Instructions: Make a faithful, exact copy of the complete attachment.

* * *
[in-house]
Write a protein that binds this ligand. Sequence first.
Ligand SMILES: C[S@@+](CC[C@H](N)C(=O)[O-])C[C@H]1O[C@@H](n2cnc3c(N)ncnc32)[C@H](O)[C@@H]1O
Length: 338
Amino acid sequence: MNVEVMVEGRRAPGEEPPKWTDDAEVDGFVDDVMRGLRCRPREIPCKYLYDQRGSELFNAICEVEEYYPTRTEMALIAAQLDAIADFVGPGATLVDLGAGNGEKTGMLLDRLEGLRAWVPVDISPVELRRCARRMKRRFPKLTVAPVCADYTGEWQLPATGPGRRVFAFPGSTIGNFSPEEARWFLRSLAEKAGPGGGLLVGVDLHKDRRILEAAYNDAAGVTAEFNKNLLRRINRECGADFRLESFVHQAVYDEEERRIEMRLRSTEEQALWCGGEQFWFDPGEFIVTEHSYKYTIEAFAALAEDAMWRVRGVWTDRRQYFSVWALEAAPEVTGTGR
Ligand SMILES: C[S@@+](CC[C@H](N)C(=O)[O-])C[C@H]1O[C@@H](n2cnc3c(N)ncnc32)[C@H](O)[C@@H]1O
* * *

[in-house]
Write a protein that binds this ligand. Sequence first.
Ligand SMILES: C[S@@+](CC[C@H](N)C(=O)[O-])C[C@H]1O[C@@H](n2cnc3c(N)ncnc32)[C@H](O)[C@@H]1O
Length: 338
Amino acid sequence: MNVEVMVEGRRAPGEEPPKWTDDAEVDGFVDDVMRGLRCRPREIPCKYLYDQRGSELFNAICEVEEYYPTRTEMALIAAQLDAIADFVGPGATLVDLGAGNGEKTGMLLDRLEGLRAWVPVDISPVELRRCARRMKRRFPKLTVAPVCADYTGEWQLPATGPGRRVFAFPGSTIGNFSPEEARWFLRSLAEKAGPGGGLLVGVDLHKDRRILEAAYNDAAGVTAEFNKNLLRRINRECGADFRLESFVHQAVYDEEERRIEMRLRSTEEQALWCGGEQFWFDPGEFIVTEHSYKYTIEAFAALAEDAMWRVRGVWTDRRQYFSVWALEAAPEVTGTGR
Ligand SMILES: C[S@@+](CC[C@H](N)C(=O)[O-])C[C@H]1O[C@@H](n2cnc3c(N)ncnc32)[C@H](O)[C@@H]1O